Blogging archaeology: the good, the bad and the ugly

This is round #2 of the blogging archaeology carnival run by Doug Rocks-Macqueen. My previous post is here.

The good

The good is that blogging makes me a better archaeologist. Blogging is a collective endeavour and being part of it has meant for all these years to get in touch with other people, discover research paths that were otherwise invisible. Getting more visibility is only one side of this, and I don’t think my blog is necessarily making me a popular archaeologist, but there have been some fortunate cases, like when I decided to write a story about 20th century mass-produced pottery (apparently very popular!), or the idea of discussing “Archaeology (and Web) 2.0“. Blogging is a skill, that is featured in my CV.

The bad

I cannot always write what I want on my blog. This is partly because I have a natural tendency to write rants, but also because since I started blogging I have always been within some institution (e.g. university) and straight criticism of colleagues or managers is almost always not well received. Now that I work for a public institution, things are even worse in this respect, because I could write a lot about interesting topics, but not without dealing with stories that are potentially disagreeable. I prefer to keep these things for myself, but I’m not happy with that.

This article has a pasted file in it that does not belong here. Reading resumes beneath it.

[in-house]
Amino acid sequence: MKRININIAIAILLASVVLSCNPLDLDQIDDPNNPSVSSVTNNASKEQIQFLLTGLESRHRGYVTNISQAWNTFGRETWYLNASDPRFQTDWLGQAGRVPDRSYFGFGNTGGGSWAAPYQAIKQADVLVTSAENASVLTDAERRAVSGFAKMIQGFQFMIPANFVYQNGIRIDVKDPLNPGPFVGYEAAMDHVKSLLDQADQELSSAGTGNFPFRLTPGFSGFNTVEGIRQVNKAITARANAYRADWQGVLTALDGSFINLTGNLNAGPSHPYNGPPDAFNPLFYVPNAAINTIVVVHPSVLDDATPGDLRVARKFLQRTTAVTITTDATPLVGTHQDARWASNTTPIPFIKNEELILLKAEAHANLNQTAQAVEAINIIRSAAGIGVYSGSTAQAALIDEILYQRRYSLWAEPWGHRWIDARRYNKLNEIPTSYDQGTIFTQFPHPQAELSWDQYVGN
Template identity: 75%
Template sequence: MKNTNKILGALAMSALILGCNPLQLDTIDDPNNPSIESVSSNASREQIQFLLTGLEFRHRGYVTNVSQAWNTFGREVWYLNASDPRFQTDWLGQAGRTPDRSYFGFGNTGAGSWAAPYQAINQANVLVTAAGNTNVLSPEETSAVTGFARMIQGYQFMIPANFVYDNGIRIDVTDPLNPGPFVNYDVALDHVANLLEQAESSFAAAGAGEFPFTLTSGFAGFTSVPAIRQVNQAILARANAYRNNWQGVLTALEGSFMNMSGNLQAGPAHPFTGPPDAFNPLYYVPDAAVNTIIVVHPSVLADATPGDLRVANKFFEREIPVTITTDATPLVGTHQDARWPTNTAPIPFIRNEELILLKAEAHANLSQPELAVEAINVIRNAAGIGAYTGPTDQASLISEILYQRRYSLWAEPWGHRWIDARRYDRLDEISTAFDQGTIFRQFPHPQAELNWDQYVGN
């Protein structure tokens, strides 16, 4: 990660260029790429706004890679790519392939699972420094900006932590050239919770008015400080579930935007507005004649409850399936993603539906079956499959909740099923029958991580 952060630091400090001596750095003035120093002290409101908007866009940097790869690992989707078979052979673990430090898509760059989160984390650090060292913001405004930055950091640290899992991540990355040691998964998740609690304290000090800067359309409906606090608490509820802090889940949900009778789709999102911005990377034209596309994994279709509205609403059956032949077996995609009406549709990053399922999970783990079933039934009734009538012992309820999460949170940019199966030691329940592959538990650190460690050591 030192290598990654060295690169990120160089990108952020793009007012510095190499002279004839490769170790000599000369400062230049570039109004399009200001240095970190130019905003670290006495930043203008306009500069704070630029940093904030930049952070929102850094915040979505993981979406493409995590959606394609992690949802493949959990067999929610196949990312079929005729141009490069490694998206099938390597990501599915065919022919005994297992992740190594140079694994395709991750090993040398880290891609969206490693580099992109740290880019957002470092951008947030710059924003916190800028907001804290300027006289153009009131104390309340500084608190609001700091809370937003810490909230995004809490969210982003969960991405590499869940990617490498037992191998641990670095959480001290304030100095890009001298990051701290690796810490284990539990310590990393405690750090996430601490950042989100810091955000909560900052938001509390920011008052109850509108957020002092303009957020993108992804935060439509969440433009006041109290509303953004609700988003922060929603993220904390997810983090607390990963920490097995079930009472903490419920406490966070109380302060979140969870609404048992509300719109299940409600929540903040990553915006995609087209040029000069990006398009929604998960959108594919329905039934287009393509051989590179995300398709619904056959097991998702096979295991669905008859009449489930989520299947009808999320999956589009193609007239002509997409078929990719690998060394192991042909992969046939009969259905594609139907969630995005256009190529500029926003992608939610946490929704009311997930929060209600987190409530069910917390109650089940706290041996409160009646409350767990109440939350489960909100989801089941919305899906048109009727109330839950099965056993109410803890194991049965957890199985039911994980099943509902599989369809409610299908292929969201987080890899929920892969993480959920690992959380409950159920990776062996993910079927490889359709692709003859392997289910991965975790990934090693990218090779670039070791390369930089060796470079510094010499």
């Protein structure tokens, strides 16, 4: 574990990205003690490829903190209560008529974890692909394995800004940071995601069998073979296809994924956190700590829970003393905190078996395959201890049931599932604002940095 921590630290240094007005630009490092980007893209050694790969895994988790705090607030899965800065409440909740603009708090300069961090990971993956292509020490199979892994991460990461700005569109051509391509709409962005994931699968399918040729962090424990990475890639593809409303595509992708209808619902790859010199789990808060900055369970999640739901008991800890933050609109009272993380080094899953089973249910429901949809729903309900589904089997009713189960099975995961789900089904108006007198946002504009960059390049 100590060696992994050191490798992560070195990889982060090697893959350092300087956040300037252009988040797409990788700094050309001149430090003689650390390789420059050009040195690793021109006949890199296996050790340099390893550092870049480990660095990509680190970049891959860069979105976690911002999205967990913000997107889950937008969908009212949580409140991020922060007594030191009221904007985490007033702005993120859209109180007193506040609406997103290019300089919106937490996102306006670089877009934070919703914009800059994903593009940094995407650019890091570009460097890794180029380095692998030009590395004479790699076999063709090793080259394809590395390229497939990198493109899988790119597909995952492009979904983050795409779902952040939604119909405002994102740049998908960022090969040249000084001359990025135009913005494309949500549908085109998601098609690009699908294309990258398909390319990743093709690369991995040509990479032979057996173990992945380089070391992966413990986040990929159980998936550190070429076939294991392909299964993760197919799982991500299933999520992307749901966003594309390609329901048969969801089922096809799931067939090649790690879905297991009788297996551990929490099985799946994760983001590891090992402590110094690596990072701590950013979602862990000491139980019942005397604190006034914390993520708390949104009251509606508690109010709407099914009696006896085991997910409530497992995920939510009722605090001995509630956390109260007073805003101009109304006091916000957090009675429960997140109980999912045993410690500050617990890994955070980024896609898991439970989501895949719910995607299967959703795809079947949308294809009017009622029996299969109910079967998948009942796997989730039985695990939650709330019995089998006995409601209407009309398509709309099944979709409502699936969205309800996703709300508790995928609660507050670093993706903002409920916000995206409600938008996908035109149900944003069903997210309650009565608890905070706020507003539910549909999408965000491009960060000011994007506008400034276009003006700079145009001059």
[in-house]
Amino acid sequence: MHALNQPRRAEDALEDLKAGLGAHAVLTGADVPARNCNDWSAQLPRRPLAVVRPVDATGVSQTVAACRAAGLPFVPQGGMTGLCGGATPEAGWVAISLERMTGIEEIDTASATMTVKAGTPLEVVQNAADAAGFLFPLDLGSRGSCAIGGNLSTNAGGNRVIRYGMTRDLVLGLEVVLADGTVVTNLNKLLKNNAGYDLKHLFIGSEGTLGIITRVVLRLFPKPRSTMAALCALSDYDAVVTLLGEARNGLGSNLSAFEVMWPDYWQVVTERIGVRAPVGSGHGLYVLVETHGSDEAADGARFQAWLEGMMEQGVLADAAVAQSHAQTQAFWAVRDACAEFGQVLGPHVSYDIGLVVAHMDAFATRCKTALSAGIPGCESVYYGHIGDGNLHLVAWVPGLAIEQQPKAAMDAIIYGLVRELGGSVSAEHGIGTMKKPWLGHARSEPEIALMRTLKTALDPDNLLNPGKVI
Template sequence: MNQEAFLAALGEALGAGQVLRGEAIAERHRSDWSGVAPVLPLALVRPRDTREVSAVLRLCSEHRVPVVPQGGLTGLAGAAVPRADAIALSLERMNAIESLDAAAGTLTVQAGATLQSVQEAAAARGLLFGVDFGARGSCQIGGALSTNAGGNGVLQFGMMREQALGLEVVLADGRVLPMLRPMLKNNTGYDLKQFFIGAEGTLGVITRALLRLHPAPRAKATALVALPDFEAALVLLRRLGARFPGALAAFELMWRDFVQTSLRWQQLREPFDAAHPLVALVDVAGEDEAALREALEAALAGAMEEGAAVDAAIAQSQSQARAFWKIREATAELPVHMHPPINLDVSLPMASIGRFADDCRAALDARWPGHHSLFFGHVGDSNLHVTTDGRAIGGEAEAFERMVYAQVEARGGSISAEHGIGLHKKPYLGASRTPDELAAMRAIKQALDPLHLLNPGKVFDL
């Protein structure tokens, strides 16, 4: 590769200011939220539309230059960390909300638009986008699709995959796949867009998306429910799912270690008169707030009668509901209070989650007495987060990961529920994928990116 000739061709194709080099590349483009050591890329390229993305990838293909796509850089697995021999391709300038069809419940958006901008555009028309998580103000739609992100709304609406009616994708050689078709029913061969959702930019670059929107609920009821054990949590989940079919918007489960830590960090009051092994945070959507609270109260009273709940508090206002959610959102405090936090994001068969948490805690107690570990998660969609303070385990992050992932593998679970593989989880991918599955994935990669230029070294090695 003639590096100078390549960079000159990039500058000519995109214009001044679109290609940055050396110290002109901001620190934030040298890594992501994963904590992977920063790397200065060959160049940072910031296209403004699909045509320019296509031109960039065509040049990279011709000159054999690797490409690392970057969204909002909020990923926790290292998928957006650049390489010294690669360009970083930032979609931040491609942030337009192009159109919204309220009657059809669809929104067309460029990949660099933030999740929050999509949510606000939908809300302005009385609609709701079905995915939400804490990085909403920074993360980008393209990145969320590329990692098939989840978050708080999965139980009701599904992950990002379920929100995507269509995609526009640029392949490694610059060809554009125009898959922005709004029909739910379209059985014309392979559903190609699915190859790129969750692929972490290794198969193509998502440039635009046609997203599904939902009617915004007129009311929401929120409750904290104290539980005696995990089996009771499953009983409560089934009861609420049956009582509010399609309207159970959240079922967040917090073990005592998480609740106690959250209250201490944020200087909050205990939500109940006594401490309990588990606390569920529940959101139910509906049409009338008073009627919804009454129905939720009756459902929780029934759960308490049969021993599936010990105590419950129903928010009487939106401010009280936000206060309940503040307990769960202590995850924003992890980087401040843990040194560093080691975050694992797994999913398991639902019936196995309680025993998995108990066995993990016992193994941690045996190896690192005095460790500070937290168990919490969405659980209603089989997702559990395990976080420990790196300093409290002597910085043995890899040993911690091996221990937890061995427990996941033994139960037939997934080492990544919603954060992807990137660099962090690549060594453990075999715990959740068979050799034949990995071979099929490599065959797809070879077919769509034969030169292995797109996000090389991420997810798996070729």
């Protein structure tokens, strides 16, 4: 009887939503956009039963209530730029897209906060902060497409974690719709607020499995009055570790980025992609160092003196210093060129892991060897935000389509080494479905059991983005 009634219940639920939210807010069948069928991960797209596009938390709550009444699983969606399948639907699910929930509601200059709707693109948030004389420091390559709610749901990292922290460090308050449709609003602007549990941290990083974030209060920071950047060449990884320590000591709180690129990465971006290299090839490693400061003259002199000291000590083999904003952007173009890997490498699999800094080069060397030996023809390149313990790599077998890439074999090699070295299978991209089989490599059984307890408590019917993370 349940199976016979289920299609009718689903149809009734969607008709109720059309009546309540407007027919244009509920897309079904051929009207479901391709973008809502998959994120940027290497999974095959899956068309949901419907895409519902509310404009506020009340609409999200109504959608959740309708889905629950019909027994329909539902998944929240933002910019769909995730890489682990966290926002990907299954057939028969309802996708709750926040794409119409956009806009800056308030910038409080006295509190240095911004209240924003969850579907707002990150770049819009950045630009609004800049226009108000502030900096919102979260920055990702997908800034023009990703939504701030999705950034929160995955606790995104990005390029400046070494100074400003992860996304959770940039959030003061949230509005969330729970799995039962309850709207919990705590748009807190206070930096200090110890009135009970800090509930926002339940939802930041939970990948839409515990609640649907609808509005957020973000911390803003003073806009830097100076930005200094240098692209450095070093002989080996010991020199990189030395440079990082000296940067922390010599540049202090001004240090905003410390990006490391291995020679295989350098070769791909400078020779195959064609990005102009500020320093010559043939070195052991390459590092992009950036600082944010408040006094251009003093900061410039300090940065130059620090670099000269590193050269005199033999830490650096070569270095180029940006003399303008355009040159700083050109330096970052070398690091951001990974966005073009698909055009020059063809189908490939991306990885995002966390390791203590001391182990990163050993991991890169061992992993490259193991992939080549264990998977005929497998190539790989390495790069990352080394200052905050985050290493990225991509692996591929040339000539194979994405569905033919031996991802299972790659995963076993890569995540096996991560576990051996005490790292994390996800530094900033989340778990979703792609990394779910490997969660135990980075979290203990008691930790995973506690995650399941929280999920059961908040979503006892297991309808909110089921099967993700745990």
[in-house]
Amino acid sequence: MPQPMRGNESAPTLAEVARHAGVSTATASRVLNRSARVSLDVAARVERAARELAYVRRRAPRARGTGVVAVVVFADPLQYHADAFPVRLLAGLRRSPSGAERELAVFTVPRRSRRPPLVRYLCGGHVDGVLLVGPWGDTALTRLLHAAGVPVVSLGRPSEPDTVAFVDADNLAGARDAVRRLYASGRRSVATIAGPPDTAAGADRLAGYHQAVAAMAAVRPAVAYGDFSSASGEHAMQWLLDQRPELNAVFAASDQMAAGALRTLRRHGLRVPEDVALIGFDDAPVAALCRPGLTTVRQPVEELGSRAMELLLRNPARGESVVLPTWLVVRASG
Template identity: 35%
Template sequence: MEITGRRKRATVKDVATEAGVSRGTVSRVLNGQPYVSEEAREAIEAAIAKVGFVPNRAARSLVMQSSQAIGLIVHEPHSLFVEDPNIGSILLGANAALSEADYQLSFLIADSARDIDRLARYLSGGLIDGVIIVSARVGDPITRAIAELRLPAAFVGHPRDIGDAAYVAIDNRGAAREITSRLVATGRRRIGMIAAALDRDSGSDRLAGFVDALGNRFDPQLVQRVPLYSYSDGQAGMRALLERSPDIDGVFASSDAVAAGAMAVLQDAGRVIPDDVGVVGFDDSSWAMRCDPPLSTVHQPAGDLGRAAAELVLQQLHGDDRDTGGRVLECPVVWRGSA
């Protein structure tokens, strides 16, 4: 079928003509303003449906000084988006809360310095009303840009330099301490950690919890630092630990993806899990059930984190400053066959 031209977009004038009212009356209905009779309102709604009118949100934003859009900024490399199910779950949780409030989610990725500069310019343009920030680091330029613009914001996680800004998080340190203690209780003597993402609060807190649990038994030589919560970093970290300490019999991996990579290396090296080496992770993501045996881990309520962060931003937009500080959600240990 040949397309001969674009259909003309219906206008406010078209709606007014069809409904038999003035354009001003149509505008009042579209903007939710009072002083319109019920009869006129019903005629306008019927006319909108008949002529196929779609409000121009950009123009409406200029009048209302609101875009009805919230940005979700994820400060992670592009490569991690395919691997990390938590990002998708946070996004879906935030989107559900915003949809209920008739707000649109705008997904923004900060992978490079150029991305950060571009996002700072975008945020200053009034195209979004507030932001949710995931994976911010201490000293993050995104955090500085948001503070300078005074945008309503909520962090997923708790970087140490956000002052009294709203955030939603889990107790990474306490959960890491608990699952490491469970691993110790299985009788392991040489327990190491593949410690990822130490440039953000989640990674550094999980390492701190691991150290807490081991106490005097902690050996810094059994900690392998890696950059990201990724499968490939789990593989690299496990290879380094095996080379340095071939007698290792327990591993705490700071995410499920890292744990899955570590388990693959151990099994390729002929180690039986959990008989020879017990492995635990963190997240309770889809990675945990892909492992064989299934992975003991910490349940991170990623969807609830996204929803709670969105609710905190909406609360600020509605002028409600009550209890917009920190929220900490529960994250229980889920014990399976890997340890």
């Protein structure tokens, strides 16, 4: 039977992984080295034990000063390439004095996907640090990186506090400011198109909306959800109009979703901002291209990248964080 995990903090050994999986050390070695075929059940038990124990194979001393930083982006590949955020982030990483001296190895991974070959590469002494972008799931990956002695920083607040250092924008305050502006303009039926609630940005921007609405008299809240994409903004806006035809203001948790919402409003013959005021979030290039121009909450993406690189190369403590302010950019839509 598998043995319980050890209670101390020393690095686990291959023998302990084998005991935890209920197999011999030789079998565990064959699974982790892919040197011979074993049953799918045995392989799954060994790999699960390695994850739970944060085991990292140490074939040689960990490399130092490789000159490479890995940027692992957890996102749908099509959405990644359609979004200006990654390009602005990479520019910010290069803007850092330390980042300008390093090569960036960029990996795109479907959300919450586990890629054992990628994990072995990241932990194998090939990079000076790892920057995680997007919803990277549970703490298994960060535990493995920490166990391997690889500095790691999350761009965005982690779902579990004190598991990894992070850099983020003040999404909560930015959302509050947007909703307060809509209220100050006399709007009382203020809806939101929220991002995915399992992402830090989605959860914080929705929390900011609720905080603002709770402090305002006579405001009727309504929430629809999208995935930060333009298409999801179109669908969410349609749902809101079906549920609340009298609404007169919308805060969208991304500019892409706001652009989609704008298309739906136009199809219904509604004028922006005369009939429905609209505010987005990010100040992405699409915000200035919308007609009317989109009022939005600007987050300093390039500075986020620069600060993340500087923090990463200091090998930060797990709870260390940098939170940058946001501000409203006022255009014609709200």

Is this really bad? Yes. Writing and blogging comes out of creativity, freedom of expression and speech, and limiting myself to academic topics and general politics is increasingly frustrating.

The ugly

It would be hard for me to find something really ugly about blogging archaeology.  So I’ll just leave you with the final scene of “Rock’n’roll highschool”:

Ugly, ugly, ugly people.

(bonus points if you know why the Ramones must be quoted when dealing with “The good, the bad, the ugly”).

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Stefano Costa

Archaeologist, I study the Late Antique and Early Medieval/Byzantine period on the northern side of the Mediterranean, focusing on pottery usage patterns. I'm also involved in open source and open knowledge communities, like OSGeo, the IOSA project and the Open Knowledge Foundation.

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